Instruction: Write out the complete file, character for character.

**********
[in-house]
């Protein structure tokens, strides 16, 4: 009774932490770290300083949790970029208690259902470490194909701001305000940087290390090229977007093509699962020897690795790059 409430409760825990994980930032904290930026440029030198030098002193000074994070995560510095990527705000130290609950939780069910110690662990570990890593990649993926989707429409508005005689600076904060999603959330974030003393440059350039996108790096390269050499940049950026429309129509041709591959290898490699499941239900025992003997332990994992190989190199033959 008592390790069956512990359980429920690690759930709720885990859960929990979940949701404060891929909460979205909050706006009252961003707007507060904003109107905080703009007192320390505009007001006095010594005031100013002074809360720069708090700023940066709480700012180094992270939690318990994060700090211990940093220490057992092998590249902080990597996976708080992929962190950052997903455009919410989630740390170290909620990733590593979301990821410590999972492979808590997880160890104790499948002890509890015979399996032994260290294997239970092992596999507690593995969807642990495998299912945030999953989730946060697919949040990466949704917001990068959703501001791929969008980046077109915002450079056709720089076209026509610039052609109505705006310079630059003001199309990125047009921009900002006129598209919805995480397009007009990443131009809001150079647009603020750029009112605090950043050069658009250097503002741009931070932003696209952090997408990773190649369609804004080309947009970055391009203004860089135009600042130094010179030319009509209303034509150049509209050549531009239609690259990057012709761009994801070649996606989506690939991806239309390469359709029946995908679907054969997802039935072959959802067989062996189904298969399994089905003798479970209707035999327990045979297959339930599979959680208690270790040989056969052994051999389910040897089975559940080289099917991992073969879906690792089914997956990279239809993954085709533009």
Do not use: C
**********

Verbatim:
[in-house]
């Protein structure tokens, strides 16, 4: 009774932490770290300083949790970029208690259902470490194909701001305000940087290390090229977007093509699962020897690795790059 409430409760825990994980930032904290930026440029030198030098002193000074994070995560510095990527705000130290609950939780069910110690662990570990890593990649993926989707429409508005005689600076904060999603959330974030003393440059350039996108790096390269050499940049950026429309129509041709591959290898490699499941239900025992003997332990994992190989190199033959 008592390790069956512990359980429920690690759930709720885990859960929990979940949701404060891929909460979205909050706006009252961003707007507060904003109107905080703009007192320390505009007001006095010594005031100013002074809360720069708090700023940066709480700012180094992270939690318990994060700090211990940093220490057992092998590249902080990597996976708080992929962190950052997903455009919410989630740390170290909620990733590593979301990821410590999972492979808590997880160890104790499948002890509890015979399996032994260290294997239970092992596999507690593995969807642990495998299912945030999953989730946060697919949040990466949704917001990068959703501001791929969008980046077109915002450079056709720089076209026509610039052609109505705006310079630059003001199309990125047009921009900002006129598209919805995480397009007009990443131009809001150079647009603020750029009112605090950043050069658009250097503002741009931070932003696209952090997408990773190649369609804004080309947009970055391009203004860089135009600042130094010179030319009509209303034509150049509209050549531009239609690259990057012709761009994801070649996606989506690939991806239309390469359709029946995908679907054969997802039935072959959802067989062996189904298969399994089905003798479970209707035999327990045979297959339930599979959680208690270790040989056969052994051999389910040897089975559940080289099917991992073969879906690792089914997956990279239809993954085709533009």
Do not use: C